Monday, March 27, 2017

The style at Lincoln's Inn

Sargent Cherry (Prunus sargentti) in Kingsmead Square, Bath (March 26, 2017)

To Mr R. W.

Kindly I envy thy song's perfection,
Built of all th' elements as our bodies are:
That little of earth that's in it, is a fair
Delicious garden where all sweets are sown.
In it is cherishing fire which dries in me
Grief which did drown me: and half quenched by it
Are satiric fires which urged me to have writ
In scorn of all: for now I admire thee.
And as air doth fulfil the hollowness
Of rotten walls, so it mine emptiness,
Where lost and mov'd it did beget this sound,
Which as a lame echo of thine doth rebound.
Oh I was dead, but since thy song new life did give,
I, recreated even by thy creature, live.


The young Donne's sonnet (rhyming abbacddceeffgg) already sounds like himself and no-one else. Weird to think that Donne might have written this in the year of Daniel's Delia and Shakespeare's Romeo and Juliet. And in fact I do catch a faint hint of Shakespeare's sonnet-style in that final line, but of course that isn't what holds my attention.

I'm listening, instead, to the Donne style; for instance, the speed of transformation at the third line. The first two lines have promised an enumeration of the four traditional elements (earth, air, fire and water). Donne duly goes on to mention the first (earth), but even now, before the first item in his catalogue, he's begun to subvert this framework by parenthetically prefixing "earth" with "little of". Then fire and water get all mixed up with each other... (in fact water never even gets named, but is implicit in the word "quenched"). The air, finally,  arrives as an analogy, filling a cavity in a rotten wall, before its connection with Woodward's song is established.  (The sonnet depends on us tracking the word "it" like a flying tennis-ball across a court.)

So the promise of the second line is actually kept, but in a breakneck, vivid, lose-your-bearings kind of way that's far more interesting than we might have expected. The strange thing is that this excellence can't be satisfactorily described as artful, i.e. as a game of arrangement and variation, of symmetry with a difference. It's something more instinctive than that, a personal style, a kind of chat where the thought is racing ahead and often switches direction in mid-sentence.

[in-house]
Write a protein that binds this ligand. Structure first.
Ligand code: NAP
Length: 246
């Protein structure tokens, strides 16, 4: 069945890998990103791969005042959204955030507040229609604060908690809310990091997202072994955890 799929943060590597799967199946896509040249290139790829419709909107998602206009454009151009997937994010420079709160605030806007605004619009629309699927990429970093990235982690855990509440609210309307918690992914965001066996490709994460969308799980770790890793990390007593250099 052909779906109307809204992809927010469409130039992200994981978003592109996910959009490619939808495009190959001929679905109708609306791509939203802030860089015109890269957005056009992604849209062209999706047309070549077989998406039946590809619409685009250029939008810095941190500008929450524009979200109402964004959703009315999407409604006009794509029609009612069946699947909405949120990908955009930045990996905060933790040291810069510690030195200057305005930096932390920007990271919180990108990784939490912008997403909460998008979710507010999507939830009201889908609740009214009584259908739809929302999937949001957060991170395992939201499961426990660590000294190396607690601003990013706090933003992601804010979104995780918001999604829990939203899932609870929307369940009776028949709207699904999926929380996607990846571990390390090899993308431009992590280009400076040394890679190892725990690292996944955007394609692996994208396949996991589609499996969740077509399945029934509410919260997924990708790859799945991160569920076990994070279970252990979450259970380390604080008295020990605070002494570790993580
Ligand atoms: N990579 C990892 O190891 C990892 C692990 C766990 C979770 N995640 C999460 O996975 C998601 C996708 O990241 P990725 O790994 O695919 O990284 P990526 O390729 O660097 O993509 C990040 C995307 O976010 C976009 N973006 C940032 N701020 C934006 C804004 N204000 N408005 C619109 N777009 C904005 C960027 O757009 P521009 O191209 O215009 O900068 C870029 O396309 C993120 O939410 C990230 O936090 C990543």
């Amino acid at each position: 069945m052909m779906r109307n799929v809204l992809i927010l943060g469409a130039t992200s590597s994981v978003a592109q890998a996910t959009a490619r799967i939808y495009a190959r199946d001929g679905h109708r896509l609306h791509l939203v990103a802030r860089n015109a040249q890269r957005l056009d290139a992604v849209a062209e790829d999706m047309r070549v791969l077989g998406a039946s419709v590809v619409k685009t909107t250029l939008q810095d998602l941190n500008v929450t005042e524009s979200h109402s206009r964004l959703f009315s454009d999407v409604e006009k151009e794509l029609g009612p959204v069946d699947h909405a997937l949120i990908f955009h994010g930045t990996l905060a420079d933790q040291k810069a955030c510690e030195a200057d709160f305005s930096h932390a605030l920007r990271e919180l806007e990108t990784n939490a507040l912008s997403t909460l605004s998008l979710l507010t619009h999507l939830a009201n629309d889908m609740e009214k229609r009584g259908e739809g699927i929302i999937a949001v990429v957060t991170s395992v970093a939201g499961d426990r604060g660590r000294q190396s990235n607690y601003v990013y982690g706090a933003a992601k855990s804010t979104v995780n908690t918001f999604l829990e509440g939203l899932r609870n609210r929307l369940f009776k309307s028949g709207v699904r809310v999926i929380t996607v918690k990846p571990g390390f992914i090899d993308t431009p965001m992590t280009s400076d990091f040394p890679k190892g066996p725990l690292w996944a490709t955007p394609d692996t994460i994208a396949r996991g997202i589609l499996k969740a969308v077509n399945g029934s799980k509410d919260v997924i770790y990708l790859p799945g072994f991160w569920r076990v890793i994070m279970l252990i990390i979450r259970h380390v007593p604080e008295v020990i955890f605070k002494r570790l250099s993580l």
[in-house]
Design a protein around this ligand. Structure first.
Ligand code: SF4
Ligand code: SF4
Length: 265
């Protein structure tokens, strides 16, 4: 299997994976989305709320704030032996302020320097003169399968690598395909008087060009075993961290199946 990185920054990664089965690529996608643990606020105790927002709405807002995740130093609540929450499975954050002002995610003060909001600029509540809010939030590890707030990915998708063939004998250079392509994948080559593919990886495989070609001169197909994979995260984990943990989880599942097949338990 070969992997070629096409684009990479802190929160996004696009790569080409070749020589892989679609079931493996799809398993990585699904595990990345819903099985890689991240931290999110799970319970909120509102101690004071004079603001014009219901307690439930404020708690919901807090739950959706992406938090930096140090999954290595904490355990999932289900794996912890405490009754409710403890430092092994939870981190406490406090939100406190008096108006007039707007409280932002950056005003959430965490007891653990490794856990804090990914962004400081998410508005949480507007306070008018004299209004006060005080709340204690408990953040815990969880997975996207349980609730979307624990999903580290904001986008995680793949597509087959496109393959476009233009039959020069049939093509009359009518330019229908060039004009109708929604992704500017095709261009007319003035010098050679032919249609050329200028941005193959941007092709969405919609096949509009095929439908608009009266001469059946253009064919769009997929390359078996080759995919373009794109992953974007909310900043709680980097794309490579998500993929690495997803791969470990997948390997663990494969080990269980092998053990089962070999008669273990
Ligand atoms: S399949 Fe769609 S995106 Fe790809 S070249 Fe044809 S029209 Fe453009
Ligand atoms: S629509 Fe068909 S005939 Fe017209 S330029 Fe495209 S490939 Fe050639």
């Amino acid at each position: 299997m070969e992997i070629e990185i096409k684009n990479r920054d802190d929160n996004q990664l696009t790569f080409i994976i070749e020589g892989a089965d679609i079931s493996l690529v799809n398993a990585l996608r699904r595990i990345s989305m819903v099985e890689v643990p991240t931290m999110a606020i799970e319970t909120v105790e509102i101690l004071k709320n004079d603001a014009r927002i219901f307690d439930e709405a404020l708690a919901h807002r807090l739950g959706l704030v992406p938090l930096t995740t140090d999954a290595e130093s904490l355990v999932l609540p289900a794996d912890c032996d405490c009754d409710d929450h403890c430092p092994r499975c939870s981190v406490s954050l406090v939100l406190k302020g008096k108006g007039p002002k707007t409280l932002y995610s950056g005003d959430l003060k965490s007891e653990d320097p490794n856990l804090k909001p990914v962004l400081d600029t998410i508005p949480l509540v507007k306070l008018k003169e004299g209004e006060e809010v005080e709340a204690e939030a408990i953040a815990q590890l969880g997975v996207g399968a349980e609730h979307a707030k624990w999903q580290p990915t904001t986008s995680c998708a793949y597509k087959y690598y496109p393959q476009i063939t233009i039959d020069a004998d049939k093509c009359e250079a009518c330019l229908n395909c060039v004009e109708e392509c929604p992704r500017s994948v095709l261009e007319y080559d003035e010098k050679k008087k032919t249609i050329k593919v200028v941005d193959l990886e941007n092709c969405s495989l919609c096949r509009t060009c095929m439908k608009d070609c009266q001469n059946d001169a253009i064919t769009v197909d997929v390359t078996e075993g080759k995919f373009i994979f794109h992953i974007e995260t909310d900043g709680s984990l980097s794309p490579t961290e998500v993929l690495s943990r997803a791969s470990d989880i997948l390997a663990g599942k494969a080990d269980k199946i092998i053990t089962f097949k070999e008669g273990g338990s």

Michelle O'Callaghan suggests that it was Donne's manuscript community of friends, the absence of print's public audience, that made his kind of writing possible.

It makes startling poetry, not only the smart turn of  "little of earth" but "fulfil", the "hollowness / Of rotten walls", "lame echo"...


In Donne's time the scheme of the four elements would have been valid and commonplace. (True understanding of elements, though given a theoretical push by Robert Boyle's corpuscularism in 1661, only really came along with Lavoisier in 1789.) Donne's demonstration of the four elements in his friend's song could be regarded as a fancy piece of pseudo-argument,  but there is a real question in it: How comes it that a poem, though just paper and ink, can affect us emotionally like a real person? A poem is not a body, but Donne's "demonstration" of the four elements in the poem does makes us wonder about what sort of amazing thing a poem is. How can it be fertile in sweets (flowers), how can it dry our tears and quench our rage, how can it breathe new life into us?


Rowland Woodward went up to Lincoln's Inn in 1591 at the age of 17.  John Donne (a year older than Woodward) joined him in May 1592. Along with others such as the "abysmal" satirist Everard Guilpin, they formed a coterie of wits who encouraged each other's writing. That's the context of Donne's epistles to "Mr R.W." They were seven years together at Lincoln's Inn and afterwards Donne and Woodward remained pals; for example, they crossed paths in Venice in 1608. By then Woodward was leading quite an adventurous life.  He was imprisoned by the Inquisition for spying in Milan, attacked by bandits in France and left for dead. But anyhow, the epistles to "Mr R.W." were written during those early Lincoln's Inn days, round about the mid 1590s. Like Donne's other poems of that period, it appears in the Westmoreland ms (f. 31) in Woodward's own handwriting (which is surprisingly easy to read).

In line 7, Woodward wrote "hate", instead of "have".  You can see how "hate" might seem to follow on naturally from "satiric fires" but the resulting sentence stubbornly refuses to make sense. So "have" it must be.

Sargent Cherry (Prunus sargentti) in Kingsmead Square, Bath (March 26, 2017)



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